©Neil Turner/TSL. July 2000, London.

The idea was that two medium sized central London colleges were to merge and become a single large institution on multiple sites and a series of meetings like this one were taking place to make important decisions about almost every aspect of the way that the new Westminster Kingsway College would function. This particular meeting was about the logo. My task was to get a whole series of black and white images (even if they were shot on a digital camera in colour) that could be used through a multiple page article about the merger once it was complete.

Moving around the room as quietly as possible, using no flash and getting a set of pictures that represented the meeting was my goal and it was actually a fairly tense meeting, which made my job all the more difficult. In the end I left the meeting before I was asked to. It was only a matter of time before I got the “tap on the shoulder” anyway and I thought that I wasn’t going to get anything very different and a voluntary departure would be a good move.

The magazine actually ran nine pictures across three pages in the end and I was very keen to repeat the exercise. Sadly, it didn’t really happen in the same way again for many years.

Techie stuff: Kodak/Canon DCS520 cameras with Canon 17-35 f2.8, 28-70 f2.8 and 70-200 f2.8L lenses at 640 ISO and colour converted to black and white using the Kodak DCS Acquire software.

Ahmet Zappa – the “contact sheet”

Ahmet Zappa is the son of legendary rocker Frank Zappa and is an author who has written books for children. A resident of Los Angeles, he was photographed at the offices of his publishers, Penguin Books on The Strand in London. I was there at the same time as one other photographer and we played this weird “your go, my go” dance shooting portraits in turn in different parts of the beautiful building. He was more than happy to clown around – his PR team were less sure until we showed them what the pictures looked like on the LCD screens, at which point they became very happy indeed!

©Neil Turner/TSL. London, August 2006.

The magazine went for frame 032 but I have always preferred 027. It has been in and out of my folio over the last three years and I think that it will get another outing soon.

Techie stuff: Canon EOS1D MkII cameras with 16-35 f2.8L, 24-70 f2.8L and 70-200 f2.8L lenses. Some available light but mostly with a Lumedyne Signature series flash and a 24″ x 32″ Chimera soft box. There is also quite a bit of ambient light in the pictures.

The man who wrote “The Very Hungry Caterpillar”

Everyone who has ever read books to very young children should have seen “The Very Hungry Caterpillar”. It’s an absolute classic and, back in 1999 I had five minutes to shoot a portrait of Eric Carle, the American writer and illustrator who created it at a London Hotel. I should have had longer but I was badly late because I’d been given the wrong address but he was charming, patient and his PR people were relaxed as well. At the time, he was 70 years old and the book was coming out as a 30th anniversary edition.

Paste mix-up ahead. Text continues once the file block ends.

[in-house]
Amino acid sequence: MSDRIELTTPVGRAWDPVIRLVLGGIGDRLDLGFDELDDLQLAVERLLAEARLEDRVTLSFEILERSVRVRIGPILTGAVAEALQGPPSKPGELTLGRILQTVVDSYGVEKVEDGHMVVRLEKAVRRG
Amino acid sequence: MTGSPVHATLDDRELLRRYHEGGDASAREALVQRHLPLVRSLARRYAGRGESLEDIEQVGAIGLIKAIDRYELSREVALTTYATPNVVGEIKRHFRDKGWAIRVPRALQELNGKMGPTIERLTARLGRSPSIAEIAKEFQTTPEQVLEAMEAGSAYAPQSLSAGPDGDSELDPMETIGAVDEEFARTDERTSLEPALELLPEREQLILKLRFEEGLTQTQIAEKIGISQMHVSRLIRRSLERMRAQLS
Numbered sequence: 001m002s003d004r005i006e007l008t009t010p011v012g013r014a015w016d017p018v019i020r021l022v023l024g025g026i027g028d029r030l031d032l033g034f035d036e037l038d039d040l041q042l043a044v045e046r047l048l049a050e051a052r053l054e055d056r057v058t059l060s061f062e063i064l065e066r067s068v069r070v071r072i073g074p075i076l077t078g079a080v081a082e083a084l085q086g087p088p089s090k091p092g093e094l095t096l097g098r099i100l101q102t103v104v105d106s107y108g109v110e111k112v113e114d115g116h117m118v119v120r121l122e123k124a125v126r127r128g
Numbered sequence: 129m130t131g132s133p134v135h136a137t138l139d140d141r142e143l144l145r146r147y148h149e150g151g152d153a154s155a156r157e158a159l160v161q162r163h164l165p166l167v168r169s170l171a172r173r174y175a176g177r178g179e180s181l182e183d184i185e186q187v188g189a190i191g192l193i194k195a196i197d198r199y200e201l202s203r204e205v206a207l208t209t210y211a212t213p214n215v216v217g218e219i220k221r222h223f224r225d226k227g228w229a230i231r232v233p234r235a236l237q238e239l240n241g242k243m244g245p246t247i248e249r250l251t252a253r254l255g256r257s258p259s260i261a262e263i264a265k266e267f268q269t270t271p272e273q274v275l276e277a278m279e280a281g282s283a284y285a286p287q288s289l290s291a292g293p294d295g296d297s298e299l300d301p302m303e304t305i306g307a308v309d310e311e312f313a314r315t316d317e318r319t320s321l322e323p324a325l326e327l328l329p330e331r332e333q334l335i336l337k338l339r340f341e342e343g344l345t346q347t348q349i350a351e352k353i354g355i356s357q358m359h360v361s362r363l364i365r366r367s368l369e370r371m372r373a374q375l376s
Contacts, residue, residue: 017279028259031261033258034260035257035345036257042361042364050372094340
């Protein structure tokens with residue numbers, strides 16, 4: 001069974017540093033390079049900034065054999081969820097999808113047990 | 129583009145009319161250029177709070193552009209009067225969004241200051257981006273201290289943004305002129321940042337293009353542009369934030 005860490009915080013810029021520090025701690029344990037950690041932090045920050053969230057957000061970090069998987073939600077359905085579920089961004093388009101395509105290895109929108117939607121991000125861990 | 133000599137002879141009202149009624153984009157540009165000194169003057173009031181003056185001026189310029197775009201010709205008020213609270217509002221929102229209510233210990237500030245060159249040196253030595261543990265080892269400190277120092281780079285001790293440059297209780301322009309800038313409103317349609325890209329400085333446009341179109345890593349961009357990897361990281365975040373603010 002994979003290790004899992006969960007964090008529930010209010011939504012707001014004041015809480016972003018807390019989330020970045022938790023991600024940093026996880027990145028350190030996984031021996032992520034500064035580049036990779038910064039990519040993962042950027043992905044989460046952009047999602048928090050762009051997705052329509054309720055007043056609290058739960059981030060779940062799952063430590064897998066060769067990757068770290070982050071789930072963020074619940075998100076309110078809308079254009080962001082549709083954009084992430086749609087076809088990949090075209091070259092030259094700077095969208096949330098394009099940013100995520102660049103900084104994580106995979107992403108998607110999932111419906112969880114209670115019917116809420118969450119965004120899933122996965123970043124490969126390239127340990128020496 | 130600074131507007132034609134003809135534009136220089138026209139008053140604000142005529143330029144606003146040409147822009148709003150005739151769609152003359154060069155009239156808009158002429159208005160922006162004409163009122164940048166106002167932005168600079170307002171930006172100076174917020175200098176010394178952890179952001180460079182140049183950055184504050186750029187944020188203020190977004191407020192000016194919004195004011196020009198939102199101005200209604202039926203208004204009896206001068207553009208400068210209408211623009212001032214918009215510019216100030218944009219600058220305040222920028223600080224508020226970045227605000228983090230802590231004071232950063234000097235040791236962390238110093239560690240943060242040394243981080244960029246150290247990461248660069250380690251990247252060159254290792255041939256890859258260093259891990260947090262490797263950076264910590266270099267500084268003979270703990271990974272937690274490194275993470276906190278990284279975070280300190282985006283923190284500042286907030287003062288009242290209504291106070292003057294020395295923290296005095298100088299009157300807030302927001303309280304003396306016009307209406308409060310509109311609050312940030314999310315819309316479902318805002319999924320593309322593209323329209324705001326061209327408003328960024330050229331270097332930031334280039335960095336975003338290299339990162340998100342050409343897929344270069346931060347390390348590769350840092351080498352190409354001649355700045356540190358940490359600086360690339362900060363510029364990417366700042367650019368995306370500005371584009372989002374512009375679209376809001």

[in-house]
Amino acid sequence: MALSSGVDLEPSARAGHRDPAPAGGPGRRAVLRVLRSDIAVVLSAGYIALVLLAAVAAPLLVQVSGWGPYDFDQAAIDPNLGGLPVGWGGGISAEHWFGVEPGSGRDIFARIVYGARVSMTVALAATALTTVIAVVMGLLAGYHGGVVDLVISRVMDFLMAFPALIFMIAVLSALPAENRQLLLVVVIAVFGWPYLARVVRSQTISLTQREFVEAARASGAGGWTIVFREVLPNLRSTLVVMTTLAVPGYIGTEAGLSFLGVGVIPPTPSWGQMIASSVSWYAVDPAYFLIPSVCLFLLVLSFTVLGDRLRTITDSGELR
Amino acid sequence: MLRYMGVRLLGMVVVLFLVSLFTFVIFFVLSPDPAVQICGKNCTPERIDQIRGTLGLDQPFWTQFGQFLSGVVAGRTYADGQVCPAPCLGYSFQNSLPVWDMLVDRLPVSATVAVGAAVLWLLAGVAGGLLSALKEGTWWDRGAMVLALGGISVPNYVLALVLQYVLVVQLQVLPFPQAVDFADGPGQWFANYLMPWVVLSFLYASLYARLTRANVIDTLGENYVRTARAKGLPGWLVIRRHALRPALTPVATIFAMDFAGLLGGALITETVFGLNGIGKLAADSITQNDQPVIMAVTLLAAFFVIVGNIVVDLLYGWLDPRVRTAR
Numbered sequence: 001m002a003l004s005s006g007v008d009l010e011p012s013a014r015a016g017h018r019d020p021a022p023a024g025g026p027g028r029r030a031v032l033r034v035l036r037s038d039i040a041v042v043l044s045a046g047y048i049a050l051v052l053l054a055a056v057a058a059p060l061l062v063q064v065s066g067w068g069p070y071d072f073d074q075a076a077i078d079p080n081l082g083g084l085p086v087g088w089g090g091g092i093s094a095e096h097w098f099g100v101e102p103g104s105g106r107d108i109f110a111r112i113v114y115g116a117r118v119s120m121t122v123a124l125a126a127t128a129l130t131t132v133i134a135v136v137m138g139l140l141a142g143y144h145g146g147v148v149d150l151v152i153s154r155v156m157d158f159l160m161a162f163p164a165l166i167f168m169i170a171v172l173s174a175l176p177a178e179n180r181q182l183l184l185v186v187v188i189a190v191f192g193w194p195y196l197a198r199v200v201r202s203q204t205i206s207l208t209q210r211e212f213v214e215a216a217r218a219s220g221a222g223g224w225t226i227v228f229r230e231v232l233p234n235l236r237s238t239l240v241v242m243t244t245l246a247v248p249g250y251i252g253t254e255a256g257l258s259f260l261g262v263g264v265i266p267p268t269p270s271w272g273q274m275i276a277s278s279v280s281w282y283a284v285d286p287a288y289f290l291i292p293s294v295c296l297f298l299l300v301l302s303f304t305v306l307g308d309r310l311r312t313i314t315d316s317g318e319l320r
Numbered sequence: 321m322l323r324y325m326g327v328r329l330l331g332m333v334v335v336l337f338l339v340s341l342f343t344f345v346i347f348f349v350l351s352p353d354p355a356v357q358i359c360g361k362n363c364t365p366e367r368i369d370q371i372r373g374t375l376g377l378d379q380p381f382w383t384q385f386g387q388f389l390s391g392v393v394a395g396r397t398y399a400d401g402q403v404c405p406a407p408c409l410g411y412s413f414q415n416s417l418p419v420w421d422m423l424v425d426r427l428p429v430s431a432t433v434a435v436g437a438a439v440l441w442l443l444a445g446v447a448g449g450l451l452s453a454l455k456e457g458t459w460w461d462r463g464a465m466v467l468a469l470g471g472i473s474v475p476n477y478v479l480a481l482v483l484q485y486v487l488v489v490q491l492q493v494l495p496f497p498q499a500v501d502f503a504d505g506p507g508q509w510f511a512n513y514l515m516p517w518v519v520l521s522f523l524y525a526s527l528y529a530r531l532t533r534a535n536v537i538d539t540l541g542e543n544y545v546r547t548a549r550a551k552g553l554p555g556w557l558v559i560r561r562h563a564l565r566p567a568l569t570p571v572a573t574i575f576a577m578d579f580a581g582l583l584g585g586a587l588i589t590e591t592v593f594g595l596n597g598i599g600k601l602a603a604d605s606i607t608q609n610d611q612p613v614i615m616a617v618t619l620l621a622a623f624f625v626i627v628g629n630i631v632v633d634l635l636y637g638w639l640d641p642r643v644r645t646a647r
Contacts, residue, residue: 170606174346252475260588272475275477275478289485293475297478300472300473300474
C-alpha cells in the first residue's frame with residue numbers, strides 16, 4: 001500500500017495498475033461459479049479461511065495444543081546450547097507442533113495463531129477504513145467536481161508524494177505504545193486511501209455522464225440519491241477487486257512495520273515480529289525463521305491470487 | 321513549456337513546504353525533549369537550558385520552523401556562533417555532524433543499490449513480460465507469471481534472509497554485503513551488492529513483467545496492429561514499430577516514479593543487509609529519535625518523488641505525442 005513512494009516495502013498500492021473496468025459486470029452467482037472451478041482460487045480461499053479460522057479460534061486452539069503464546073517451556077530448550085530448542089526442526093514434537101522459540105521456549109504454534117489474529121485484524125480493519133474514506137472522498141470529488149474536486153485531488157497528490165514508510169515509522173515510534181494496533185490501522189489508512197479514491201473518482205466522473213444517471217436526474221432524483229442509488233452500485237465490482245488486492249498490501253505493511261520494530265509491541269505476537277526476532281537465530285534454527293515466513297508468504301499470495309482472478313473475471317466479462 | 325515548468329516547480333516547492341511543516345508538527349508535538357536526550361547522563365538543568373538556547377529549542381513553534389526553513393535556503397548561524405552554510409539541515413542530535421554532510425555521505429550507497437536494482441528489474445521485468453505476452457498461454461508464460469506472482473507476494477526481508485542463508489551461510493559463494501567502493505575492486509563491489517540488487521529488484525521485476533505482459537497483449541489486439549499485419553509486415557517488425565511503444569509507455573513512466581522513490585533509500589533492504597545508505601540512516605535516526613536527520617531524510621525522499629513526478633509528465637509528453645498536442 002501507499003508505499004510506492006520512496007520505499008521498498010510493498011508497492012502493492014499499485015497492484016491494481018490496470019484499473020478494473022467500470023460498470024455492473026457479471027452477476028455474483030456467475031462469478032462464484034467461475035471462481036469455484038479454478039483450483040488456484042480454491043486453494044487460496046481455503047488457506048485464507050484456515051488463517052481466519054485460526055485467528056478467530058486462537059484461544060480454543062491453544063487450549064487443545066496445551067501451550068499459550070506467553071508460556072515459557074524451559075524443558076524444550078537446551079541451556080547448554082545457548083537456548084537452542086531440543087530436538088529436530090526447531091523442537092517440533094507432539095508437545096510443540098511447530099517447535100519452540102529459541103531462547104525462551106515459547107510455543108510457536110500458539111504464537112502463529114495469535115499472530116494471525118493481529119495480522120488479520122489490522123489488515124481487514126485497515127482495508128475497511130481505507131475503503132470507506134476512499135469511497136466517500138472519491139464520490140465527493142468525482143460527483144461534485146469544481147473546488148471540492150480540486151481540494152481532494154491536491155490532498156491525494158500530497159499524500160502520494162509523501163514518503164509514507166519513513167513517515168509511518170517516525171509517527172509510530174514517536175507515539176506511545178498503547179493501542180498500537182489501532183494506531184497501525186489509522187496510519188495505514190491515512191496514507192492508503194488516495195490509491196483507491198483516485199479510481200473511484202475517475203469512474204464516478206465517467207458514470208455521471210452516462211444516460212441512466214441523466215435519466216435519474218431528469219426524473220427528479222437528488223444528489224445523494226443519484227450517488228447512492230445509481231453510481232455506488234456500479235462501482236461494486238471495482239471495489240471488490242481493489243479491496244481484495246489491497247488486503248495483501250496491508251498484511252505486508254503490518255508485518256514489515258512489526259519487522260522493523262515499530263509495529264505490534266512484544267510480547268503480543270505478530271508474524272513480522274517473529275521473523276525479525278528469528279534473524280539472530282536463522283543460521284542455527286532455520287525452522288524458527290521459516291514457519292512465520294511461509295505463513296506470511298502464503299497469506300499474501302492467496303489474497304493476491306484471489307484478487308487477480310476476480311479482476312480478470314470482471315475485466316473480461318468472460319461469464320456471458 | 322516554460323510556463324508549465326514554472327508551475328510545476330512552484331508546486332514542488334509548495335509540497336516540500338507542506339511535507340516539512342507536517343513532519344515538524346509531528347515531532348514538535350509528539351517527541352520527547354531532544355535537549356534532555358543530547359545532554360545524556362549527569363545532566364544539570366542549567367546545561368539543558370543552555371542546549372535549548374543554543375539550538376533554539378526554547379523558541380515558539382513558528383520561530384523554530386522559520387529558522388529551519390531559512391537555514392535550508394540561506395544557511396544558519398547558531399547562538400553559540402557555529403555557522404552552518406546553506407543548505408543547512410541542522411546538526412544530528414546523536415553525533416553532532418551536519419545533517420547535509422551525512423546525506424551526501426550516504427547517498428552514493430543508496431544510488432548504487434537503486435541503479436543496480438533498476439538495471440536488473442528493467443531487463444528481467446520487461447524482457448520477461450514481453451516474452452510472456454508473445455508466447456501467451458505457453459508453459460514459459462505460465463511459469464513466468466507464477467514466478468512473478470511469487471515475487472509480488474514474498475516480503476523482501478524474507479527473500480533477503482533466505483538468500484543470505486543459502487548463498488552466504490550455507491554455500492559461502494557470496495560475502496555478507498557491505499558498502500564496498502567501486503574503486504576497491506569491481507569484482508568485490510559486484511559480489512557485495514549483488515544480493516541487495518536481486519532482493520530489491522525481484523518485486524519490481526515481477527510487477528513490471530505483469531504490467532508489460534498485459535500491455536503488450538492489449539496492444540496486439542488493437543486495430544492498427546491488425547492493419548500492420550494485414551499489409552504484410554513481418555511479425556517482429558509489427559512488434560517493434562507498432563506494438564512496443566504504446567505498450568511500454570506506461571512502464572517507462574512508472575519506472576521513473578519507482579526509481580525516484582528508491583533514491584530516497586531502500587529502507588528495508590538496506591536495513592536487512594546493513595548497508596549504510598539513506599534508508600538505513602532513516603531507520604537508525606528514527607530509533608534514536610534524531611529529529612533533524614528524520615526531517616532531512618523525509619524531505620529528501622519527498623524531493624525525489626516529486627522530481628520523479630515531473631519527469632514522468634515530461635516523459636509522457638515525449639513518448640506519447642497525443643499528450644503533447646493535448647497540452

©Neil Turner/TSL. May 1999, London.

As soon as I got there, I set up my Lumedyne battery powered light with a simple shoot-through umbrella and started to work.  The author was sat in a high backed chair and I decided to work around where he was already sitting – he looked relaxed and I was still in “full apology mode”.

Although this was nearly 13 years ago I can still remember a random throughout that came into my head “if I were casting someone to be Santa Claus, it would be this guy”. From then onwards all I could see was a really nice bloke with a twinkle in his eye that children would adore. The fact that he must have illuminated millions of childhoods was certainly in my mind and we shot some very nice pictures very quickly.

©Neil Turner/TSL. May 1999, London.

This set of eight pictures is all that remains from the shoot. Back in 1999 storage was still expensive and the company policy was to use Zip discs (remember them?). My laptop had a zip drive and I put the wider edit onto the “official” zip disc and kept the tight edit on another disc for my own records. The official disc with the Kodak RAW files was lost somewhere in the mists of time and we didn’t discover that it was gone until we started to upload the entire back catalogue into a managed and backed-up library a couple of years later. You learn from your mistakes.

I like the simple and innocent tight composition of frame 004 and I love the expression of frame 007. I have read his books to young members of the family ever since and I try really hard to do so with the same twinkle in my eye that the author had.

This was still the early days of digital and I was using a Kodak DCS520 (Canon D2000) with Canon 17-35, 28-70 and 70-200 f2.8 lenses. At 200 ISO, with good light and if you didn’t need to use the pictures too large the quality of the files was actually very good indeed.